Undoubtedly, the proposal to set up the ICTS to provide administrative support to the Indian judiciary is more than welcome, if its role is similar to the court management role played by services in other countries. However, it is likely that the creation of the ICTS and how it marries itself to the existing judicial system is likely to take time. Therefore, there is no reason why a simple study cannot be undertaken on some of the existing inefficiencies which plague the system today.  

One easily identifiable inefficiency is the amount of time judges are constrained to spend on cases listed before them which are either not argued because the hearing does not start, or when it does start, are simply over argued. Even if that time is set out conservatively at one hour a day, when multiplied by the number of courts and the number of days, it adds up to a significant number of judge-hours which are currently wasted. The same time can then be better utilised for effective judicial work.  

The second, and perhaps not easily identifiable cause for judicial delays, relates to hearings for issuing notice in matters which come up before the Supreme Court. In an article titled The Guillotine Must Drop!, written about five years ago, the following suggestion was made:

“Controversial as it may sound, the Court should do away with hearings for issuing notice for fresh matters or applications. Issuing notice simplicitor is in actuality only a process of informing the counter-party about a case or an application.  Even if a hearing for issuing notice gives the judge the background of the case, by the time the matter comes up again a few months later the judge is unlikely to remember the facts…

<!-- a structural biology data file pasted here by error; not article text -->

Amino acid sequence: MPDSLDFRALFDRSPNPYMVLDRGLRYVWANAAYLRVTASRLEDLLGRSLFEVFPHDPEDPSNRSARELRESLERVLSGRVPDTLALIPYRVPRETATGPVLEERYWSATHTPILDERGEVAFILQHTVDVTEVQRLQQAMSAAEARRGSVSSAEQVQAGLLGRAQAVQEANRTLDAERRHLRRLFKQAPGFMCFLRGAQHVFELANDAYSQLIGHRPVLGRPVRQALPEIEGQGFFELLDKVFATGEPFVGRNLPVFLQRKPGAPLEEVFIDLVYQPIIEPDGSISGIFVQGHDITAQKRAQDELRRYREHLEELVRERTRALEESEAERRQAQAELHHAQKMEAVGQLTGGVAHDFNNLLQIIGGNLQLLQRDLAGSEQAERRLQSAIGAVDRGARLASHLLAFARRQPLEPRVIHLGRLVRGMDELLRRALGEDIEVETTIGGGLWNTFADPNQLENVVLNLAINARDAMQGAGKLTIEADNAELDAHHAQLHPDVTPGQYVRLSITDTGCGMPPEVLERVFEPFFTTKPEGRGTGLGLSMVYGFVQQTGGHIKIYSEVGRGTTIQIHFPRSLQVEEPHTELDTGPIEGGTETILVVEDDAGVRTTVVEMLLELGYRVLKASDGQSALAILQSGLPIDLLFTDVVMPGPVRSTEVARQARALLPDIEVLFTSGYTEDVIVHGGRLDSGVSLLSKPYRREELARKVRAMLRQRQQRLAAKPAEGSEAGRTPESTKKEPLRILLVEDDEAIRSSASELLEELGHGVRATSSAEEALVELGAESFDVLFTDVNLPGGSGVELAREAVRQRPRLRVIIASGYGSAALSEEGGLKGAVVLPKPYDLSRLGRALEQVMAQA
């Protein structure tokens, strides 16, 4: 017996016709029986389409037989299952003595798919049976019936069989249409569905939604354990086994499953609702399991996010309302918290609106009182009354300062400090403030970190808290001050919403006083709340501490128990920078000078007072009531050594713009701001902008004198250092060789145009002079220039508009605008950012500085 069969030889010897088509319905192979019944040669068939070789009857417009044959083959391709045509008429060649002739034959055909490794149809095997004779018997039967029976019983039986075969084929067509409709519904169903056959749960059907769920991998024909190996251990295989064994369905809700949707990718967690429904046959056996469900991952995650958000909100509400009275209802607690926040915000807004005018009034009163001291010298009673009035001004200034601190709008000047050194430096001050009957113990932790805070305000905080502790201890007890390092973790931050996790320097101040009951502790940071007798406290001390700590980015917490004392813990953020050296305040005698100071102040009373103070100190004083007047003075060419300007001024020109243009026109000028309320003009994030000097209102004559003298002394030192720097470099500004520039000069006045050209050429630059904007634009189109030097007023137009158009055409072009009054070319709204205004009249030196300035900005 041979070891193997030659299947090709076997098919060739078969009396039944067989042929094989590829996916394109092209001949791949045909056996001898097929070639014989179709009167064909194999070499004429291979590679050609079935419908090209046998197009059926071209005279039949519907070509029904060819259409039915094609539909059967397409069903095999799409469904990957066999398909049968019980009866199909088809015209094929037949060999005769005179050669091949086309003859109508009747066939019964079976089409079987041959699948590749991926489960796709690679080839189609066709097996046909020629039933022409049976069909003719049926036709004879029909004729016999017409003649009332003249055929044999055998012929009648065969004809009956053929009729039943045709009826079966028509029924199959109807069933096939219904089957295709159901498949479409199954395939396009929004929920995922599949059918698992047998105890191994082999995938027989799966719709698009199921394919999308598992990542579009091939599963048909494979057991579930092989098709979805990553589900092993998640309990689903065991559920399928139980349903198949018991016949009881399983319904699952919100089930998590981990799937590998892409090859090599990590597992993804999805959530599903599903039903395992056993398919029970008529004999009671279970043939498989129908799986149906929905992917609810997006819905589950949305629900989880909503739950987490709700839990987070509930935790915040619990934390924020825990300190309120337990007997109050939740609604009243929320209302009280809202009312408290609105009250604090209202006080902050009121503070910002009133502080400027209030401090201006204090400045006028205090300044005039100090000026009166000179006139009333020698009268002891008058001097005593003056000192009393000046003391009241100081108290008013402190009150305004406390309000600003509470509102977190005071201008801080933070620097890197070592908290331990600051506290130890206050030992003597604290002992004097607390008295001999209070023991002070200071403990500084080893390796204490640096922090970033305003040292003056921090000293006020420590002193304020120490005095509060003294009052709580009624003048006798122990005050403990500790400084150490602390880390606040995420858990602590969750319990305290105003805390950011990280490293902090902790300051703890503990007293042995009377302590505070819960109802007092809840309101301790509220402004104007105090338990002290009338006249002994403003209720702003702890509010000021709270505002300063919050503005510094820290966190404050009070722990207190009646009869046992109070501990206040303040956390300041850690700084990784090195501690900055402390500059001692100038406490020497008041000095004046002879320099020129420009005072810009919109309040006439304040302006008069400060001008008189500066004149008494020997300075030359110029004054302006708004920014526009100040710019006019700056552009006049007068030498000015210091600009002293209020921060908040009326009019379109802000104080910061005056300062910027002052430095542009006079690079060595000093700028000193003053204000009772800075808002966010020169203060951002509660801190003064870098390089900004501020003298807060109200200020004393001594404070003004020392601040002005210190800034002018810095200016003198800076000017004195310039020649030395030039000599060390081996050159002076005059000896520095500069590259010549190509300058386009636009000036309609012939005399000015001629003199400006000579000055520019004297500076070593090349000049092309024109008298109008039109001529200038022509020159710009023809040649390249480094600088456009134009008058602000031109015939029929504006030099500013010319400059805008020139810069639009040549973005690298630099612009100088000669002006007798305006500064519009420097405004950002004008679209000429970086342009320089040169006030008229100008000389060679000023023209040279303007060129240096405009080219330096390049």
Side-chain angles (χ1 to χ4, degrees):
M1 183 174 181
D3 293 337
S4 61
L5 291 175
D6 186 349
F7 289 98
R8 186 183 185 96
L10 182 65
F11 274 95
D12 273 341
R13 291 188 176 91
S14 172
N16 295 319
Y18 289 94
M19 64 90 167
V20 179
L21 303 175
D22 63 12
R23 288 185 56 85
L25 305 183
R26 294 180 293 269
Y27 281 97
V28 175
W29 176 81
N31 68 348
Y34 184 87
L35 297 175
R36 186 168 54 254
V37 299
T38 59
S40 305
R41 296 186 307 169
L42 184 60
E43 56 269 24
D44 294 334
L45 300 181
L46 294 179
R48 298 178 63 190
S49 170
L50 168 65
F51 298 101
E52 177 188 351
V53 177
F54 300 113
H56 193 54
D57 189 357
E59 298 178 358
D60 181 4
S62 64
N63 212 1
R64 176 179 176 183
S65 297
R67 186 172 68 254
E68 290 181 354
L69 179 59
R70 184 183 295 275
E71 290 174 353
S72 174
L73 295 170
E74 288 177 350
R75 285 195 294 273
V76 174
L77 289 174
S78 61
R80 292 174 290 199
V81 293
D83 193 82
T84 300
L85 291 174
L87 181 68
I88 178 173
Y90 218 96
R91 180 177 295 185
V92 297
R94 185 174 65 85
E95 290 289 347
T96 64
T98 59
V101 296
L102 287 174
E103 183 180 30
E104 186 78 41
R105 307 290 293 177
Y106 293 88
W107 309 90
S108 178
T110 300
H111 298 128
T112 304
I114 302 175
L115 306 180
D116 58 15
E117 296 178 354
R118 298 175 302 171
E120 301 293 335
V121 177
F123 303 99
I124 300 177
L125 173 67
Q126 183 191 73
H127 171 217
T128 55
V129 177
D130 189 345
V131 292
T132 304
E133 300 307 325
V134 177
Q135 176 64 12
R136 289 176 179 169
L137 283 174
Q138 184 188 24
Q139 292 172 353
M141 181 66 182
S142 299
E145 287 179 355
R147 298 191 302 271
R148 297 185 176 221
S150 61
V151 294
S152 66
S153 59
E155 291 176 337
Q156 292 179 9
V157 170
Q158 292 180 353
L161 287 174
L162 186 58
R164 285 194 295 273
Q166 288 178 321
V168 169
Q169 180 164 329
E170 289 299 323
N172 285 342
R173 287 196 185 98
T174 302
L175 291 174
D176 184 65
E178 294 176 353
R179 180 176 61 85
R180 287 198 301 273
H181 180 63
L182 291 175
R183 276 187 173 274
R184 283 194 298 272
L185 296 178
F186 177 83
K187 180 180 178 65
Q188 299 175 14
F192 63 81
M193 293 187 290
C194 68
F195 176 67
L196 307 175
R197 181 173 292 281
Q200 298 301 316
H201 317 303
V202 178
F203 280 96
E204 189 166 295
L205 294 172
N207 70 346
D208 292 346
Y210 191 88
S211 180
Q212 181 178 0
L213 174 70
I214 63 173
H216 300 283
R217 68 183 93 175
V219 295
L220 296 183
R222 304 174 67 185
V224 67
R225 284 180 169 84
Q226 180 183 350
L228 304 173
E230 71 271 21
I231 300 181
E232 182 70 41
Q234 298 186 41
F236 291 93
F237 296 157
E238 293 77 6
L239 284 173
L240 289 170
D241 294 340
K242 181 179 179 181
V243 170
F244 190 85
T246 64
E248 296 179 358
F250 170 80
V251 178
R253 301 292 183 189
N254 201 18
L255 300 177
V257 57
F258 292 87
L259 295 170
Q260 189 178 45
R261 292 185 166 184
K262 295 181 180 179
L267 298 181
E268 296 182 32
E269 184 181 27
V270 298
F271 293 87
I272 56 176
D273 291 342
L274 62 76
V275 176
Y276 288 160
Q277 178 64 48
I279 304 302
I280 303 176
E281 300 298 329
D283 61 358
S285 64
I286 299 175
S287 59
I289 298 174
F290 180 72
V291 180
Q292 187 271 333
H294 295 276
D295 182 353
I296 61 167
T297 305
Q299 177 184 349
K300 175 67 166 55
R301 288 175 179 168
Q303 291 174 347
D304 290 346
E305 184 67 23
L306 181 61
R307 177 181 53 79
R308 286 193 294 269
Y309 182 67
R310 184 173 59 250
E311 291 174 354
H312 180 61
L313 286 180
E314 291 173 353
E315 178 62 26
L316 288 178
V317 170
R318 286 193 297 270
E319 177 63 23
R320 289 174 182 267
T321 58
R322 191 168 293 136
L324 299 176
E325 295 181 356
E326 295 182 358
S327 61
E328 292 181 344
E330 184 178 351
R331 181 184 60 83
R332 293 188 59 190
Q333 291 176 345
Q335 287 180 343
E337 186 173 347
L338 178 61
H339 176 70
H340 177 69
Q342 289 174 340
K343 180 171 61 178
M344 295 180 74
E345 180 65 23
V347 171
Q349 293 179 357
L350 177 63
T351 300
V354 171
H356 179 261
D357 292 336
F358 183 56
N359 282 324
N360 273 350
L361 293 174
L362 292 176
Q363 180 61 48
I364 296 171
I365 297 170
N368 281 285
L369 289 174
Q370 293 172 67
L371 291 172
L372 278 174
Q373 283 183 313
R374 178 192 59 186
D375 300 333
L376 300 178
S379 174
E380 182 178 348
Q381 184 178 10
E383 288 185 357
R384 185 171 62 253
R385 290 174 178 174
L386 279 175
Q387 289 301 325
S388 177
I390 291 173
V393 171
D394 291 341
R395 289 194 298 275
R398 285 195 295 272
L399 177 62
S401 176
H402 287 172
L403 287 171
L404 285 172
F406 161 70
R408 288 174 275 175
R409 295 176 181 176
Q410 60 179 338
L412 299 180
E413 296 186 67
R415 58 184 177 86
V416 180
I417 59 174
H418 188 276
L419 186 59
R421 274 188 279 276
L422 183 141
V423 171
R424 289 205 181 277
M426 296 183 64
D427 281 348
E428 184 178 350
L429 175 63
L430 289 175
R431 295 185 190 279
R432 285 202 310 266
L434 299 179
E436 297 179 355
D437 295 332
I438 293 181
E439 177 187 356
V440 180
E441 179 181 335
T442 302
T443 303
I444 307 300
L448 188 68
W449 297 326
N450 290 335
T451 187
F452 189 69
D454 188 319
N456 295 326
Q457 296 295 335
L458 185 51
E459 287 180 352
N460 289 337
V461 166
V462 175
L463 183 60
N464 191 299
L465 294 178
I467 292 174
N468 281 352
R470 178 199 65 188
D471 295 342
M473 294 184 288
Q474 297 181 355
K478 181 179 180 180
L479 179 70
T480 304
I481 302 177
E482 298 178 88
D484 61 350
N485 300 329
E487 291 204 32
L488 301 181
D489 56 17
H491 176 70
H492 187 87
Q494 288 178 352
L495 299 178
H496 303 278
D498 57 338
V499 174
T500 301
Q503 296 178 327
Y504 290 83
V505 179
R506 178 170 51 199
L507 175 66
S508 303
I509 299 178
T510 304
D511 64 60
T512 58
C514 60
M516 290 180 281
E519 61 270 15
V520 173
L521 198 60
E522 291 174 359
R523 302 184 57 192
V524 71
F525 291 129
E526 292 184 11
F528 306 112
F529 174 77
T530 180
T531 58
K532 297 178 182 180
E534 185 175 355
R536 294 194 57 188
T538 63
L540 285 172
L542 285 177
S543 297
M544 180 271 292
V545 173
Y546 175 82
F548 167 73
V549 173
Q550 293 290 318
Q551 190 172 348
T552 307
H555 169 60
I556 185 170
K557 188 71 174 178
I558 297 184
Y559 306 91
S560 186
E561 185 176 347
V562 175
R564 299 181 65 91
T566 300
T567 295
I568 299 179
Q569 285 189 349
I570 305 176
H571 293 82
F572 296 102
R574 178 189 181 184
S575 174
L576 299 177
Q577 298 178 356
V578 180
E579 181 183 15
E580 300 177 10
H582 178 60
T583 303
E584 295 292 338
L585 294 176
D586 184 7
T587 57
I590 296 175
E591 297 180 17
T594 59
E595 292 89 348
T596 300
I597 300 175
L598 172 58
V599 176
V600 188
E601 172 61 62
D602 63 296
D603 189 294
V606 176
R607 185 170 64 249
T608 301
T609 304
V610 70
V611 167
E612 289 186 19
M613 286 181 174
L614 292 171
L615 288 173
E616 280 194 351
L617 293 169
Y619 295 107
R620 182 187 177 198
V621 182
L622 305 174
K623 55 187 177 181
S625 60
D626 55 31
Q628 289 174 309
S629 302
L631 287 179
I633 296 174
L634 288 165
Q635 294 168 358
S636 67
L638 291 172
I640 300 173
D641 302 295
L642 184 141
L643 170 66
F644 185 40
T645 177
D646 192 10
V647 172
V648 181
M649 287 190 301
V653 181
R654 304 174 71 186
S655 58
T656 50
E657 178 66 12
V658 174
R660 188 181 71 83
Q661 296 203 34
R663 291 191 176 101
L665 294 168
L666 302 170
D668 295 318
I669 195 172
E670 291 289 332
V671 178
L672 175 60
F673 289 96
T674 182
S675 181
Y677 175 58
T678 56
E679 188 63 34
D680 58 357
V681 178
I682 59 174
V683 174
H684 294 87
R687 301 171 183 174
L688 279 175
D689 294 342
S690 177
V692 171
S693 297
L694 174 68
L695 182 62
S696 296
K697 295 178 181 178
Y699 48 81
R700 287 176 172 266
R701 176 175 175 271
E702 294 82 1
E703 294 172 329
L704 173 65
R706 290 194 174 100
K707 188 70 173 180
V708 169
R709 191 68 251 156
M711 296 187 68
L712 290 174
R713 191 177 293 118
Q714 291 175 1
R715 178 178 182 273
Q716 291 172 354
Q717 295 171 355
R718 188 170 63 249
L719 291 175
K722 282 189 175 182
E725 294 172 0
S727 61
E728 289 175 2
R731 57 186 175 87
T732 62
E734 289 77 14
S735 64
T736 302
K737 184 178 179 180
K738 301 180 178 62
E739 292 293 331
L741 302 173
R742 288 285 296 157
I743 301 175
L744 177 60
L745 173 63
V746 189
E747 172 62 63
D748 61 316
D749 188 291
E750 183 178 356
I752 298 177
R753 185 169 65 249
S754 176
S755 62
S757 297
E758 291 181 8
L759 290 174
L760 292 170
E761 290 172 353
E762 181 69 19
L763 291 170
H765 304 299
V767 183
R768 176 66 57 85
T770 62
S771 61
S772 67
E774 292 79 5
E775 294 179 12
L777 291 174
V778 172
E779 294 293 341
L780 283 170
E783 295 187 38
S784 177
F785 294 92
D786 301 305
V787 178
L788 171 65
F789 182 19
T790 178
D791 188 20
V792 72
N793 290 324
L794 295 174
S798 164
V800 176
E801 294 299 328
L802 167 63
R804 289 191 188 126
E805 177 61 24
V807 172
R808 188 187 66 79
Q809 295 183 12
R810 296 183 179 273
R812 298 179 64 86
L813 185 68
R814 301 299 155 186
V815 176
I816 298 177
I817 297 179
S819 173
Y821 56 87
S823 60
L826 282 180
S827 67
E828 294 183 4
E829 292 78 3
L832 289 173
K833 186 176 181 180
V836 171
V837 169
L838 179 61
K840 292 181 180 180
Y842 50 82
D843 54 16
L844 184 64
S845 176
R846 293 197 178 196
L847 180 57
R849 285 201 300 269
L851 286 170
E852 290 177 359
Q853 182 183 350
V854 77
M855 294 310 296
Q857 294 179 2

…judges and counsel…. [can] focus on matters that are ripe for hearing. While there would be an increase in the volume of bi-partite hearing, if properly managed, each matter would only come up once before the Court, as opposed to the multiple times it does under the present system. In effective, judges would hear matters once, at which time the crystallized issue would be set out for their adjudication.

Even if this approach is not adopted in its entirety, and the present system in the Supreme Court is tweaked by requiring advance notice to be given to the counter-party through the counsel who appeared in the court below, it would, without the necessity to file a caveat, allow the counter-party to be represented before the Supreme Court on the first day of hearing of any petition. Given the large number of petitions filed under Article 136 of the Constitution of India, having both parties present on the first day would allow the Supreme Court to also consider submissions by the counter-party and either dispose of the case immediately or fix it for a final hearing within a time bound schedule.  

Barring urgent matters, if the first hearing for a matter was fixed approximately two weeks after the filing was done, the counter-party would have adequate time to engage an Advocate-on-Record to prepare for the first hearing. The only prejudice it would cause the counterparty is one in costs which, if the case gets dismissed, would be remediable by an order as to costs.  

Inspirational as the Economic Survey report may read in its way to cure the backlog of cases within five years, judicial reforms in India cannot just be about adding to the number of existing judges. That has to be dovetailed with the substantive manner by which cases are conducted and how judicial time is spent.

The author is a Senior Advocate practising at the Supreme Court of India.